Kate Fitzpatrick in modern adaptation of Gaslight

by | Feb 7, 2024

Set to be one of the most talked about performances of 2024, Gaslight, a modern adaptation of the 1938 suspenseful thriller by Patrick Hamilton and starring Kate Fitzpatrick, Geraldine Hakewill and Toby Schmitz, is set to premiere in Brisbane as part of the 2024 Queensland Theatre season before coming to Melbourne and then the rest of the country.

Hamilton’s play is a dark tale of a marriage based on deceit and trickery, and a husband committed to driving his wife insane in order to steal from her.

In many ways a simple premise but, nonetheless, as compelling today as it was when the show premiered at the Richmond Theatre in London on 5 December 1938 before transferring to the Apollo Theatre in the West End on 1 January 1939.

For actor Kate Fitzpatrick, it is, llike the old days, a great story with a great director, terrific cast and the bonus of a national commercial tour of a straight play.

” Rodney Rigby (producer) is brave and very clever, ” says Fitzpatrick. “I think audiences will love seeing an ‘old fashioned’ real play. No music. No special effects. Not dazzle. Just a great story and characters. Real theatre. No disguise. But beautiful costumes and set.”

The story follows Bella Manningham, a young wife who seemingly has it all – a nice home and a comfortable upper-middle class life. Her housekeepers, Elizabeth and Nancy, attend to her and help run the household. Her husband, Jack, appears attentive and loving. So why is Bella on edge? As we learn more about the Manningham household, it becomes clear that something is amiss. Despite his doting appearance, Jack is hiding something – he keeps disappearing in the evenings …and after he leaves, Bella hears strange sounds in the house. The gas lights dim for no apparent reason. Is Bella losing her grip on reality? Or is something more sinister afoot?

Fitzpatrick plays Elizabeth, the housekeeper who has been living in the house since she was a young girl. She was lucky to have been taken in by a very benevolent mistress. She is a genuine Victorian servant, who has not known any other life.  Fitzpatrick describes her as strong, loyal, discrete, a little suppressed – she knows her place – but intelligent and fearless when it comes to right and wrong.  Elizabeth has lived in the house for 50 years and although it has never been her house, she feels responsible.  She is the caretaker when the play begins.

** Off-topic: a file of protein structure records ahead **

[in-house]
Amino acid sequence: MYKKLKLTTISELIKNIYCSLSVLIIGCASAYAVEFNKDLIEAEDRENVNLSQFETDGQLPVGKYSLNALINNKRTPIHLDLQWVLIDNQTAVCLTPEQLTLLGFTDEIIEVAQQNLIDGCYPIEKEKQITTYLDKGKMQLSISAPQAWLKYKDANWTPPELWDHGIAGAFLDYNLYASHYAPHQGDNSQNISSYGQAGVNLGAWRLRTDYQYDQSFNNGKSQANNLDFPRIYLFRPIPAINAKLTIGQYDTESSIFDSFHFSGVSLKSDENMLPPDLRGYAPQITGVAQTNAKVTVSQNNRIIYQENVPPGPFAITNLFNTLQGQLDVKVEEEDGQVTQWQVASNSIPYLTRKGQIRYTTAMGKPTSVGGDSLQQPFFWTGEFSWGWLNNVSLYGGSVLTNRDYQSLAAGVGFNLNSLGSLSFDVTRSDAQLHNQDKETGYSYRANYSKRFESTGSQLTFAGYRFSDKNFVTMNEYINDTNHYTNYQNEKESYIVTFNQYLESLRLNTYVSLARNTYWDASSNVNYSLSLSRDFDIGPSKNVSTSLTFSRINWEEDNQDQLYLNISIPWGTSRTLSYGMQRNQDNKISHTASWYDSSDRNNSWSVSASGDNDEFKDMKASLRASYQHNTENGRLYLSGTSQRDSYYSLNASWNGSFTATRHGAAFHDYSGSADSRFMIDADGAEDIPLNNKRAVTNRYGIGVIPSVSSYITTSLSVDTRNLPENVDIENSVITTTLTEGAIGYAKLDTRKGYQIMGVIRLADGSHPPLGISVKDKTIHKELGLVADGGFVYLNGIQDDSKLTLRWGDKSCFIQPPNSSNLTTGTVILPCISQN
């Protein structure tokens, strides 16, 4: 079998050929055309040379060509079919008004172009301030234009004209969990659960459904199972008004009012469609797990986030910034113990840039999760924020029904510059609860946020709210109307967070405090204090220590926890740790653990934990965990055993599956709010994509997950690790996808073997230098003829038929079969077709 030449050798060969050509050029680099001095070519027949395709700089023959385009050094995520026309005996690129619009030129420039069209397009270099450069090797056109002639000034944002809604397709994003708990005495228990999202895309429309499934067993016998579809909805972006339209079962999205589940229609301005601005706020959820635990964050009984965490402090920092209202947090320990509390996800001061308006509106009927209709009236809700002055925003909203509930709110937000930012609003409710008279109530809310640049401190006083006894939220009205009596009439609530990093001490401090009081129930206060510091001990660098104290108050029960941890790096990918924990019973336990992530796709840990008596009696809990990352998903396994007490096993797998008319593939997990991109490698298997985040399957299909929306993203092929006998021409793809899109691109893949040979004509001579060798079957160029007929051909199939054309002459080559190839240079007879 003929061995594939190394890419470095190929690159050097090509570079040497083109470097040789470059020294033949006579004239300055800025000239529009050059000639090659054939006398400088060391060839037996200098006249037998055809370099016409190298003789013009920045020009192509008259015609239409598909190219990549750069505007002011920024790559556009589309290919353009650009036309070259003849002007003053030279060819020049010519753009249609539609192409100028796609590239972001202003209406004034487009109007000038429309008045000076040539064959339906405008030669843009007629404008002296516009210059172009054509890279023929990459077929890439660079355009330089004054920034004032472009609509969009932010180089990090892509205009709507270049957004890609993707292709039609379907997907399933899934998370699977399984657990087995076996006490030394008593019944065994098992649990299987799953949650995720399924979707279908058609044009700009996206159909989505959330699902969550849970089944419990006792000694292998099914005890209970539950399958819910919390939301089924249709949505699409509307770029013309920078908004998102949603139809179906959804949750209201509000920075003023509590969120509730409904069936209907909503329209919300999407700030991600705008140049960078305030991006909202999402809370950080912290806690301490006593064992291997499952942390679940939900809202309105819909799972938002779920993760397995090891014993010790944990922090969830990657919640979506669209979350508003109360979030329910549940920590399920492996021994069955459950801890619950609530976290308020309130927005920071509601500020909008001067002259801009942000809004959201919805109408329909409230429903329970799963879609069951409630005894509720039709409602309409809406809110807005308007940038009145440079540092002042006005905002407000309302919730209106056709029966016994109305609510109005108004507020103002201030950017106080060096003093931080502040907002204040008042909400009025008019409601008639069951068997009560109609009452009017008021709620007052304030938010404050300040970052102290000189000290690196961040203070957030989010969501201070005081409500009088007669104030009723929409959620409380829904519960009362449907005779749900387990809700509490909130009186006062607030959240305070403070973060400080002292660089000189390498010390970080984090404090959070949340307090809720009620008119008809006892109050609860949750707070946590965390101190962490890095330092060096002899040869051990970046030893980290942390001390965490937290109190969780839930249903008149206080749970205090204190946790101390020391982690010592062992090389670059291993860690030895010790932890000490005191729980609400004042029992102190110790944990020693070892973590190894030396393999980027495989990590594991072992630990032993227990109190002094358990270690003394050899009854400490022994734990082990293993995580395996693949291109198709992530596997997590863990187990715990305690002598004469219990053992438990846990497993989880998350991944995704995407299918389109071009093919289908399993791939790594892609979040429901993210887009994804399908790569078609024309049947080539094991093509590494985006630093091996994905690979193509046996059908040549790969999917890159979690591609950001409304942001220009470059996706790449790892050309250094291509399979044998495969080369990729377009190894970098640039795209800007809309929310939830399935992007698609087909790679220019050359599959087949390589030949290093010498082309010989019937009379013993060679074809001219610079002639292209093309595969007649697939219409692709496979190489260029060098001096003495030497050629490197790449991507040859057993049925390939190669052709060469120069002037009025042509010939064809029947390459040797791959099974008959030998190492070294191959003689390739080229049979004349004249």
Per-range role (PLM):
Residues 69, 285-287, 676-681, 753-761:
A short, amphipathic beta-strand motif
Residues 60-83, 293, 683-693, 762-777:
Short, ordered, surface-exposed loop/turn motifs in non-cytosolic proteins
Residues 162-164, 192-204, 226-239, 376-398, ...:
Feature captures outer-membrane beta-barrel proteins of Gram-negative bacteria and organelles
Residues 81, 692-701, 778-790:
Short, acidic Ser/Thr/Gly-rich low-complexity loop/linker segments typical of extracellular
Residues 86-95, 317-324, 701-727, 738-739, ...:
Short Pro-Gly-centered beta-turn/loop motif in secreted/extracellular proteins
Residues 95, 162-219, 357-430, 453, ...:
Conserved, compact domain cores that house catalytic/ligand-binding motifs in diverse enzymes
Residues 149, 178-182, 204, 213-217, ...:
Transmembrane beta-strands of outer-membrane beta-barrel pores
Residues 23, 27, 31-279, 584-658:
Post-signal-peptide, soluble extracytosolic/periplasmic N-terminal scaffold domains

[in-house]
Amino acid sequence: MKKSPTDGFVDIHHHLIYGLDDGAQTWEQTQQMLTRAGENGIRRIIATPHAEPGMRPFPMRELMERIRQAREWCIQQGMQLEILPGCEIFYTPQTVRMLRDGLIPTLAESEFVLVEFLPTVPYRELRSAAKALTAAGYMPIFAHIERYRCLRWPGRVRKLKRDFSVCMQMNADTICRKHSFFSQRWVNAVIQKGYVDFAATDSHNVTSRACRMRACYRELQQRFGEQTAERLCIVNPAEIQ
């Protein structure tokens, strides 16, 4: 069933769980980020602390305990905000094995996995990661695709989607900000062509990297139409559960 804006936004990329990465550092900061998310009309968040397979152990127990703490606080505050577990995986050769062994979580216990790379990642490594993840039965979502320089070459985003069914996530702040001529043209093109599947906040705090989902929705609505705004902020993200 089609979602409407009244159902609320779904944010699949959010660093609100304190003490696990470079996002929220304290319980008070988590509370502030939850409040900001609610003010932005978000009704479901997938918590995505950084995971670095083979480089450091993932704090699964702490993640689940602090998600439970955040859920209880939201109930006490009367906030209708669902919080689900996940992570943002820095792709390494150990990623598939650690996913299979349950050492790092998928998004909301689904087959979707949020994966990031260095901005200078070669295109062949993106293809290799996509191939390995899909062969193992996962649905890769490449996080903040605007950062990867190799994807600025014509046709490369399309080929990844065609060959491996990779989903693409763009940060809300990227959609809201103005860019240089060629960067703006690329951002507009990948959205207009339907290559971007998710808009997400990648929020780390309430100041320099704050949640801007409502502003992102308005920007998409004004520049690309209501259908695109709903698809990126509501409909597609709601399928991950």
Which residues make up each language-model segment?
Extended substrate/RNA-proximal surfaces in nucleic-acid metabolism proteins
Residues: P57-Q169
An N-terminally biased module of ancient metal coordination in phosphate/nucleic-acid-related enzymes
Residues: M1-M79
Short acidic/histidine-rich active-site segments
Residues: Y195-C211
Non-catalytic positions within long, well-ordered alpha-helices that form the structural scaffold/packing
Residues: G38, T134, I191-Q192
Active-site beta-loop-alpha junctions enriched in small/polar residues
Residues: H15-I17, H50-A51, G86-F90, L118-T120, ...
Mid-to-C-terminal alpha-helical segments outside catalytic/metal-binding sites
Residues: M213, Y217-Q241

A play over 80 years old, Hamilton’s Gaslight is still addictive, drawing in audiences around the world. “It’s exciting, misleading, intense, mysterious and very entertaining,” says Fitzpatrick about its ability to put bums on seats.

The play is a potent examination of psychological and emotional violence, beginning with the isolation of Bella from her family and friends, and the mind games that cause her to question her own sanity. Fitzpatrick explains that lying, manipulation, psychological abuse, love, romance, sex, delusion, murder, theft, violence, regret, revenge, forgiveness (maybe), excitement, beauty, and a little humour are all present in Hamilton’s complex script.

A much-used word in modern society, ‘gaslighting’ – psychologically manipulating people into questioning their own sanity – draws its origins from the play ( although it does not appear in any of the stageplays or screenplays), in which the household’s gas lights flicker and dim on the evenings when Bella is alone, causing her to question her own sanity.